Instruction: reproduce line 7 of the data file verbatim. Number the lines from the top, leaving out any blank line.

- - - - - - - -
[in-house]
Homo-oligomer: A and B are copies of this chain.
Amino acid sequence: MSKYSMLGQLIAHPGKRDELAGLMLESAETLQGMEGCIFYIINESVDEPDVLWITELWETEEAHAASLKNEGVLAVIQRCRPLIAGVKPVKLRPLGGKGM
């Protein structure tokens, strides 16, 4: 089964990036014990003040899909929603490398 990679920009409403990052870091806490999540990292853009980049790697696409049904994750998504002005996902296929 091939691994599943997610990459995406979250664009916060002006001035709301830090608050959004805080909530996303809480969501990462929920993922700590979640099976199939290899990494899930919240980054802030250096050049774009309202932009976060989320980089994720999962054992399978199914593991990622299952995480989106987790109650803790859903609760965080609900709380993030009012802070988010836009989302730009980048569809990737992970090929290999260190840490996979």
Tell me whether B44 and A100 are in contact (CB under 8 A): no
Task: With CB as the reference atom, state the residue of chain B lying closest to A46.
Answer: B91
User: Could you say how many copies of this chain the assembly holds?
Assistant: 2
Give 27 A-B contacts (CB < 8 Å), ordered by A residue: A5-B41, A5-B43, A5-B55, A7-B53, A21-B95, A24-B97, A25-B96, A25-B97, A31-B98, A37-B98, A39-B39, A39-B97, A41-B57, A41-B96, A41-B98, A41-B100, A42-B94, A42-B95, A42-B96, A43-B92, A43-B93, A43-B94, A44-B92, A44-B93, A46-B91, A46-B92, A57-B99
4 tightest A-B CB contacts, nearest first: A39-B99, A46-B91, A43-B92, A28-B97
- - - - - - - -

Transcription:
Answer: B91